Interestingly, when they did an analysis to see the specific effect of saturated fat in meat it accounted for only 4% of the 16% estimated risk. This is fairly low considering that saturated fat is supposedly what makes meat so bad for us by raising cholesterol. But since the authors say that saturated fat could account for some of the increased risk, can we at least assume that those eating the most meat were more likely to have higher cholesterol? Not so fast. It turns out that in both cohorts, those in the lowest group of meat consumption were the most likely to have high cholesterol. (Thanks Denise Minger for making this astute observation).

So what about the meat is killing us exactly? In addition to saturated fat, the authors also estimated that heme iron in meat (assumed to be a risk factor for some diseases) can account for another 5% of the risk, but they do not elaborate on how this might work. It is unclear what else about red meat may be increasing mortality risk, though preservation methods are suspected for the higher risk associated with processed meats.

The authors also used some fancy statistical magic to estimate what would happen if the participants theoretically replaced one “daily” meat serving with an equal portion of either fish, poultry, nuts, legumes, low-fat dairy or whole grains and determined that mortality risk would decline 7%, 14%, 19%, 10%, 10% and 14%, respectively. It is important to remember though that *ahem* these are not real experiments but merely estimations based on the numbers and statistical models used in this study. At best an analysis like this can generate a hypothesis that could then be tested in a controlled trial.

Fortunately controlled studies replacing meats (oh, and all the other crap in the Western diet) with other nutritious, whole foods have already been done. For example, in the Lyon Diet Heart Study (1988) a group of patients who had already had a heart attack were instructed to change their diets. One group went on the low-fat American Heart Association diet, the other group adopted a Mediterranean style diet that included lots of green and root vegetables, fruits, legumes, more fish and poultry, less red meat, olive oil and no cream. After only 3 years the study was stopped by the ethics and safety committee because the Mediterranean diet group had a 70% reduced risk of death compared to those on the low-fat diet.

Studies have consistently shown that replacing some dietary meat with fish and other sources of omega-3 fatty acids reduces the risk of heart disease. However, replacing red meat with anything else (even olive oil) seems to be pointless. For this reason I’ve always been skeptical that red meat is uniquely bad when the simpler explanation would be that eating more fish is uniquely good. I don’t see how this new analysis of old studies changes anything.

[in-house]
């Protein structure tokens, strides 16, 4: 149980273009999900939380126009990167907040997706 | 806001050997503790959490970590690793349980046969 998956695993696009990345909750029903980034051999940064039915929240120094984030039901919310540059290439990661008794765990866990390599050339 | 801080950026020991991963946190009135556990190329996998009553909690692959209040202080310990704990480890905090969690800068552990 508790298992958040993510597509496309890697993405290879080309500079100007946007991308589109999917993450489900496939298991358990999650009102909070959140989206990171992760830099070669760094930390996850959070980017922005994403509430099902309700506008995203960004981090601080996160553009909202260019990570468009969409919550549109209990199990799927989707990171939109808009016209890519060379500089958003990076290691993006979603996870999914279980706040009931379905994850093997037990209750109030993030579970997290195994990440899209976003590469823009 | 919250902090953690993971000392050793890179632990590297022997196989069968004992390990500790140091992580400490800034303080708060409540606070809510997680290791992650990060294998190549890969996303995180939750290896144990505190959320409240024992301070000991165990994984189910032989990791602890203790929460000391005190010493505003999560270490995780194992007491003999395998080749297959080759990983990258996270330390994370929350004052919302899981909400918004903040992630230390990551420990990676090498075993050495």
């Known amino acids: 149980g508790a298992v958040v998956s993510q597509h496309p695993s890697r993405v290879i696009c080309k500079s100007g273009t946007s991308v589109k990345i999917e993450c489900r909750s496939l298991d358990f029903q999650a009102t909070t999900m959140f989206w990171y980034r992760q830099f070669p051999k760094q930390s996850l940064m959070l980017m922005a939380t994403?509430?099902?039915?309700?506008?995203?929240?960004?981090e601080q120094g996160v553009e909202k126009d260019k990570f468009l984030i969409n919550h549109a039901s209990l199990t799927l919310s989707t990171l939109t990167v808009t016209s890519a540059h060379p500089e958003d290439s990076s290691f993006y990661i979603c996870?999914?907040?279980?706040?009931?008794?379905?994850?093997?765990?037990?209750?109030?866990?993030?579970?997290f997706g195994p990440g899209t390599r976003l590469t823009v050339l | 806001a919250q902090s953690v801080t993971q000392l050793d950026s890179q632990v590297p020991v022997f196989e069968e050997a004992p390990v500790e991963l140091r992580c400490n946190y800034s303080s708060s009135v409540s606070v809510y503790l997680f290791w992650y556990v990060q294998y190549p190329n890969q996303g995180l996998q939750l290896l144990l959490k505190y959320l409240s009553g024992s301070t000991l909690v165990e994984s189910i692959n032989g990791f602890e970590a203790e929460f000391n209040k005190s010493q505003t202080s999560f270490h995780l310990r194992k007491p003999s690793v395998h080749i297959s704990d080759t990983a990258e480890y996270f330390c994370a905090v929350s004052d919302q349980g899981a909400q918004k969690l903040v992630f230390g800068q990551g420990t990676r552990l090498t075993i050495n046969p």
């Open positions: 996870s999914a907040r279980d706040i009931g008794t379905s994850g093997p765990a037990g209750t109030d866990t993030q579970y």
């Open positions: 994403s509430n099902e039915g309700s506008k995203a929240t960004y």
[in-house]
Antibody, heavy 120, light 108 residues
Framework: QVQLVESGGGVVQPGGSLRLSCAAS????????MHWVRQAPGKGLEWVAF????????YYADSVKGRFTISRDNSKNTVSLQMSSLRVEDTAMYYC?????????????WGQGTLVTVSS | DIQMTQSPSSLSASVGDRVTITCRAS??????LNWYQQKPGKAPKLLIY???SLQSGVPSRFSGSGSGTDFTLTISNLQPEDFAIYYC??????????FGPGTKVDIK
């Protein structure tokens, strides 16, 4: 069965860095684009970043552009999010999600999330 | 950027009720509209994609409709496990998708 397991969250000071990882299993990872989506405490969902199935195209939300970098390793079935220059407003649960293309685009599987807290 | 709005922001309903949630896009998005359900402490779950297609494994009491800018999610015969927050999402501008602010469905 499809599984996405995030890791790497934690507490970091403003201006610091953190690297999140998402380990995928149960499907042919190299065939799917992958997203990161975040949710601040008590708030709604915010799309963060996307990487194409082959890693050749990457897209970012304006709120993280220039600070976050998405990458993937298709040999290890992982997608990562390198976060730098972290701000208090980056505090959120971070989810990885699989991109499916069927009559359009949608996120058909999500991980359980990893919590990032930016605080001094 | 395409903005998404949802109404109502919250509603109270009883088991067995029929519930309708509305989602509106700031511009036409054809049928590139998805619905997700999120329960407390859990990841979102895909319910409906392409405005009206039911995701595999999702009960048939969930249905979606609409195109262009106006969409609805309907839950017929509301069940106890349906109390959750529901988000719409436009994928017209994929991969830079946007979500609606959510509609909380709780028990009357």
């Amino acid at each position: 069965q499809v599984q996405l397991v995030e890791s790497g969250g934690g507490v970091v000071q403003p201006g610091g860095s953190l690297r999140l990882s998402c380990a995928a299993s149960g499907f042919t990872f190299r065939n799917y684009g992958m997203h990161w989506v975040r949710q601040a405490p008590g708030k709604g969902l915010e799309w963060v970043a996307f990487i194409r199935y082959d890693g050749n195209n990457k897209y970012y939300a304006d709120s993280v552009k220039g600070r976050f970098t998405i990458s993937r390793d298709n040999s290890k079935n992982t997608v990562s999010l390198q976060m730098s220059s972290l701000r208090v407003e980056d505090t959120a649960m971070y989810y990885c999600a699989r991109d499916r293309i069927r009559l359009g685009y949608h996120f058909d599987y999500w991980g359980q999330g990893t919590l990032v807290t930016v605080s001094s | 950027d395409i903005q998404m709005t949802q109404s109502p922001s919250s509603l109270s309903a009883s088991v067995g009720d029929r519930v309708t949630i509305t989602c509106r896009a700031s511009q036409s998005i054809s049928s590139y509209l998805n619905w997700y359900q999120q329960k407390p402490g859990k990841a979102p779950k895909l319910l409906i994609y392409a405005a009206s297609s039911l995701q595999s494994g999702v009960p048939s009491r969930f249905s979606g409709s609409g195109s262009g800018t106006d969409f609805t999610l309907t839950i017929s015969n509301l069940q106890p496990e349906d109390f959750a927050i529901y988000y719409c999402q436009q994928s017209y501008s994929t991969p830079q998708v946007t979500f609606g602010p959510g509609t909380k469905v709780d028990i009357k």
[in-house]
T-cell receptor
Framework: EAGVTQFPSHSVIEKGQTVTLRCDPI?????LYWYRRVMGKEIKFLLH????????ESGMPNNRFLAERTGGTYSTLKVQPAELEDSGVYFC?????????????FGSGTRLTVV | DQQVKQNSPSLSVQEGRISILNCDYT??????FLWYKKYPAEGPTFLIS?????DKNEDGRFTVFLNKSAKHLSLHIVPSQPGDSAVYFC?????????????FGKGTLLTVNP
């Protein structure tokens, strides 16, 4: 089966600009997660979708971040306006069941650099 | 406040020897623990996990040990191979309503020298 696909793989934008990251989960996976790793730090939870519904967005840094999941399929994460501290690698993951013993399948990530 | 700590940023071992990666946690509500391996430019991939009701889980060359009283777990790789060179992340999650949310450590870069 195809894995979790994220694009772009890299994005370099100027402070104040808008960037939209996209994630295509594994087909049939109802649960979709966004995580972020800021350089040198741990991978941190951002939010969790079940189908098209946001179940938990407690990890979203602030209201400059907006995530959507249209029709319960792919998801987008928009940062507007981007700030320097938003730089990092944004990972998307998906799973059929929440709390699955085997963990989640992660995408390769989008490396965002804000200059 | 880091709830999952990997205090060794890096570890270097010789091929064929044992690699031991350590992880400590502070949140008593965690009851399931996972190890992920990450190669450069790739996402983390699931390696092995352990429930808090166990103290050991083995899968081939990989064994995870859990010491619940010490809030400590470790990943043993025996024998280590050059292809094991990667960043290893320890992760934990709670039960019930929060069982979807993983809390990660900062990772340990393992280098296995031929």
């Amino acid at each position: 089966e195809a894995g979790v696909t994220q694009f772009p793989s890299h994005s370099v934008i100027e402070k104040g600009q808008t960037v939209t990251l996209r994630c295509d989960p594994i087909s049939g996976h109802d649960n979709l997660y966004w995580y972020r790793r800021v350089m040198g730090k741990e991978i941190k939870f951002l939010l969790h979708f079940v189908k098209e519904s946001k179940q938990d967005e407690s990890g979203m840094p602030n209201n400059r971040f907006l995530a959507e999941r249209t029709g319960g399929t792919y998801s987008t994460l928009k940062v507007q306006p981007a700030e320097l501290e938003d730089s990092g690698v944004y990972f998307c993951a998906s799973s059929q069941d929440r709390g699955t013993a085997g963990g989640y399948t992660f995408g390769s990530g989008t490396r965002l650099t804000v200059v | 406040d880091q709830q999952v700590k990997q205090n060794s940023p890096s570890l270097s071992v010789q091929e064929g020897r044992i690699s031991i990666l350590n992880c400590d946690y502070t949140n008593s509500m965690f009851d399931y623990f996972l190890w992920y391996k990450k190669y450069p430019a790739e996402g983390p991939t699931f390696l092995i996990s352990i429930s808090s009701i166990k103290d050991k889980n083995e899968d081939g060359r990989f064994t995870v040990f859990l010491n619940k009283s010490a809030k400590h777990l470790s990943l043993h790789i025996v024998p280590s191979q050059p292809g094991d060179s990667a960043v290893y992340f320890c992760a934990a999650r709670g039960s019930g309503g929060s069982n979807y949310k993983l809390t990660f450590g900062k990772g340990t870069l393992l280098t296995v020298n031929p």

Lastly, although the authors included controls for lifestyle factors I’m highly suspicious that people with so many unhealthy habits are at an increased risk of death primarily because of meat consumption. Consequently, all that I’d feel comfortable concluding from the new analysis is that in the context of a Western diet, eating something other than meat every once in awhile is probably a good idea. Outside of the Western diet? It’s much harder to say.

What are your thoughts on the study?

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Is Coconut Palm Sugar A Healthy Sugar Substitute?

by | Mar 12, 2012

Photo by Robyn’s Nest

Artificial sweeteners and sugar substitutes can be very appealing to people looking to cut their calories or control blood sugar, and I get a lot of questions about them. Generally I don’t recommend processed or sweetened foods and encourage people to break free from regular sugar consumption, but I recently discovered coconut palm sugar and decided to look into it.

Coconut palm sugar has garnered attention as being a low-carb sugar substitute that is more nutritious than typical granulated sugar. Because of its complex flavor it is also gaining a reputation in foodie communities, with establishments like the popular Samovar Tea Lounge in San Francisco switching 100% of its sweeteners over to coconut palm sugar.

Pure coconut palm sugar is a natural product made from the nectar of the coconut palm tree. There are several different varieties of palm (Palmyra, date, etc.), and “coconut palm” specifically refers to the coco nucifera plant.

Most of the “palm sugar” commonly sold in Asian markets is not pure coconut palm sugar but is blended with other fillers such as white cane sugar. Pure certified organic coconut palm sugar is sold under the brand name Sweet Tree in the US, and can be found at some natural food stores.

The information in this article applies only to 100% pure coconut palm sugar. Check your labels carefully.